(Cover of The Fair Women by Jeanne Madeline Weimann.)

Carol Reid

Monday, September 26, 2011

Adn (for And)

Adn is a teeny-tiny typo with a great many alternate and legitimate meanings, mostly acronyms and abbreviations. According to Wikipedia, it can stand for at least eighteen different things, from Application Delivery Network (a suite of technologies), to ammonium dinitramide (a rocket propellant denser), to Anchorage Daily News (an Alaskan newspaper), to "any day now" (Internet slang). Perhaps my favorite one, though, is what other (dyslexic?) countries call DNA. For this reason, we got 215 hits on it in OhioLINK, though only a fraction of them were typos for the word and. If you care about this small, but all-important, part of speech and you don't mind sifting through a heap of false positives, why don't you do a search on our (possible) typo of the day and see what you can do to restore this humble connector to its rightful spelling.

(Création pour présenter les OGM, as they say in France, or, Created to introduce GMOs, as we say in the USA ... or OMG, as we all say in cyberspace! From Wikimedia Commons.)

Carol Reid

Friday, September 23, 2011

Exmaple* (for Example*)

It's the first day of fall today, for those of us in the Northern Hemisphere, and our beautiful colorful maple trees, for example, will soon become ex-maples. Or at least, leafless, dormant ones. Maple trees make delicious syrup for pancakes and fun little whirlygig-type seed pods that we kids used to split open and attach to our noses with the sticky resin found inside. Apparently, we weren't the only ones. We also had a lovely Japanese maple tree, which sat low to the ground and had nice, smooth limbs that were perfect for sitting in and reading a book. It was like a giant's chair with a ruby-red canopy. The Latin word for maple is Acer, which means sharp (cf. acerbic), a reference to the pointed sides of its leaves. Another autumn memory involved selecting the prettiest, most recently fallen ones and ironing them between pieces of waxed paper: Voila! Acer art, refrigerator-ready. My sister has since elevated this pressing activity into one wherein she rolls ink over various leaves (and other things of nature) and then stencils them onto articles of clothing. All hail, the marvelous maple! Enjoy it while it lasts. There were four examples of today's typo in OhioLINK, and 37 in WorldCat.

(Picture of "delicate autumnal leaf veins," taken in Canada on November 20, 2004, from Wikimedia Commons.)

Carol Reid

Thursday, September 22, 2011

Pedestrain* (for Pedestrian*)

September 22 is World Car-Free Day, a day that "promotes improvement of mass transit, cycling and walking, and the development of communities where jobs are closer to home and where shopping is within walking distance," according to the Washington Post. (And, according to my favorite cyclist and eagle-eyed scout of the "Relative Absolute," who just spotted another egregious example: "By and large, the bike is 100% original.") Melvil Dewey was also a bike aficionado, reportedly supplying each of the women in his library school with one. Speaking as someone who can drive, but prefers not to, I wish every day was Car-Free Day. When it comes to planes, trains, and automobiles, I'll pick taking the train, or better yet, just being a pedestrian. There were only two instances of today's typo in OhioLINK, and 157 in WorldCat. But let's take it one step at a time.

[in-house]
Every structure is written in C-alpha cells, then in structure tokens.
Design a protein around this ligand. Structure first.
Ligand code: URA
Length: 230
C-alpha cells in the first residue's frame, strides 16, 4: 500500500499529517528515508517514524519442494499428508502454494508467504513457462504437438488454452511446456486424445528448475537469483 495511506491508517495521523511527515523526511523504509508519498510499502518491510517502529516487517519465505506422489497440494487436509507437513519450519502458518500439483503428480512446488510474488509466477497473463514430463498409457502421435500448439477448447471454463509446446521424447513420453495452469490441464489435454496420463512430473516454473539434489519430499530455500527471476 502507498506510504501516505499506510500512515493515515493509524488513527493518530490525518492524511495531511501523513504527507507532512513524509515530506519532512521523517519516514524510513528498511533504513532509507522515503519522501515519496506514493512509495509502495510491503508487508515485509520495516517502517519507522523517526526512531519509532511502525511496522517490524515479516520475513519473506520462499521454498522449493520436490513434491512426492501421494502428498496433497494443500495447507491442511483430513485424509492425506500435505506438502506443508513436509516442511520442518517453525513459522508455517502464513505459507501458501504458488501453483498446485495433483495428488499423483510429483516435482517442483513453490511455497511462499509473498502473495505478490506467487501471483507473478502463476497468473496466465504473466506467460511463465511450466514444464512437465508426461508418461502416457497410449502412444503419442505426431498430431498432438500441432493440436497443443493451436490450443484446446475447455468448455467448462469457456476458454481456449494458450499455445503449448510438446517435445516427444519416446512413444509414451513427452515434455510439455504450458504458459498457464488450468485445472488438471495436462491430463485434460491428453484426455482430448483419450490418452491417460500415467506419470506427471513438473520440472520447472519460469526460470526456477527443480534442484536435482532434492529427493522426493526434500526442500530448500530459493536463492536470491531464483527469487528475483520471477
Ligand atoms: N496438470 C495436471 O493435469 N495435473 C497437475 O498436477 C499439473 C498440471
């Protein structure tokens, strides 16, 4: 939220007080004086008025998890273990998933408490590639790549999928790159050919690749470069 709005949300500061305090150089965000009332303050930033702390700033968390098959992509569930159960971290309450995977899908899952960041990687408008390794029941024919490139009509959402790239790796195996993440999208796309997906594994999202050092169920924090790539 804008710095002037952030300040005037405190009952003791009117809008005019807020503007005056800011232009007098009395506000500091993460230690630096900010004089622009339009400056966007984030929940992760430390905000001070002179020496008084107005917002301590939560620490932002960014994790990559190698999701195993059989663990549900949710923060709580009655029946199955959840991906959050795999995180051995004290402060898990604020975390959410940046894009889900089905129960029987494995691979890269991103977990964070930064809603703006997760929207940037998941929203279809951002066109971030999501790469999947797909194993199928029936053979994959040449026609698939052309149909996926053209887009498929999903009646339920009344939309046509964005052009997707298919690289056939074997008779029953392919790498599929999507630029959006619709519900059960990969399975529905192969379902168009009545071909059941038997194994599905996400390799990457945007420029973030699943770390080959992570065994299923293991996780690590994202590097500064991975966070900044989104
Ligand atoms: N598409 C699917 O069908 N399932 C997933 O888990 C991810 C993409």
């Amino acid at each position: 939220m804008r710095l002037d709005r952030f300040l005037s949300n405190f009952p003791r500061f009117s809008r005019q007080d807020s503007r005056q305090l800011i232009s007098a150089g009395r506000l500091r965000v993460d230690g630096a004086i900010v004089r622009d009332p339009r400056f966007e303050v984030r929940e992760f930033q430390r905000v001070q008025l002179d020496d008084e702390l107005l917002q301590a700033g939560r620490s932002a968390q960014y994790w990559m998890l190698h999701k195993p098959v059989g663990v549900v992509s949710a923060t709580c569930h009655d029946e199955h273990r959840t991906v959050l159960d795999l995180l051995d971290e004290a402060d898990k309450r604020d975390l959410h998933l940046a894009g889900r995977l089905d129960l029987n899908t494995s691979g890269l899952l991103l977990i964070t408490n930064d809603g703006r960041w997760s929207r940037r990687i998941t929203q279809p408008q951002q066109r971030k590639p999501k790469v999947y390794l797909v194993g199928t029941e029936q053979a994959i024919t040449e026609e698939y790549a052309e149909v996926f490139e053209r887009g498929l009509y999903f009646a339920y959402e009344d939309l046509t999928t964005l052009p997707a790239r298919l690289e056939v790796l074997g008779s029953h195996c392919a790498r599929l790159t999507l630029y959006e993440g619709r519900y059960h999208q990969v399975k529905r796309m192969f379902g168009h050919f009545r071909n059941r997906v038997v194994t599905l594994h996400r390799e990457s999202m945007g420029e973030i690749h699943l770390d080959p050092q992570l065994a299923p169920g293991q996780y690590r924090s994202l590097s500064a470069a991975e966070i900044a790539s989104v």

(Car Free Day in Austria, 22 September 2009, from Wikimedia Commons.)

Carol Reid

Wednesday, September 21, 2011

Excut* (for Execut*)

Another possibly innocent person is slated for execution today, this time by lethal injection in the state of Georgia. Troy Davis was convicted of murdering a Savannah police officer in 1989, but he has always maintained his innocence. There is no DNA evidence linking him to the crime and prosecution witnesses have now claimed they were coerced and recanted their testimony. Davis has many supporters around the world, including Pope Benedict and Desmond Tutu. Even Georgia's former governor (and our former chief executive) Jimmy Carter has doubts about Davis's guilt, but no real clout when it comes to imposing the ultimate punishment. Nevertheless, he says, "this case illustrates the deep flaws in the application of the death penalty in this country." The Christian Science Monitor states that the case raises serious questions about whether or not what's known as "executive clemency" is an "adequate fail-safe for assessing death-row innocence claims." Troy Davis is scheduled to die at 7:00 tonight, unless the U.S. Supreme Court intervenes, which is highly unlikely. However, the Court did get involved in the Davis case in 2009, when it required the Georgia district court to examine new evidence and make a finding of fact concerning guilt or innocence. According to Cathleen Burnett in the book Wrongful Death Sentences: "It may be that a majority of the Supreme Court justices are now willing to state that the Eighth Amendment bars the execution of the innocent." There were 102 instances of today's typo in OhioLINK, and "too many records found for your search" in WorldCat.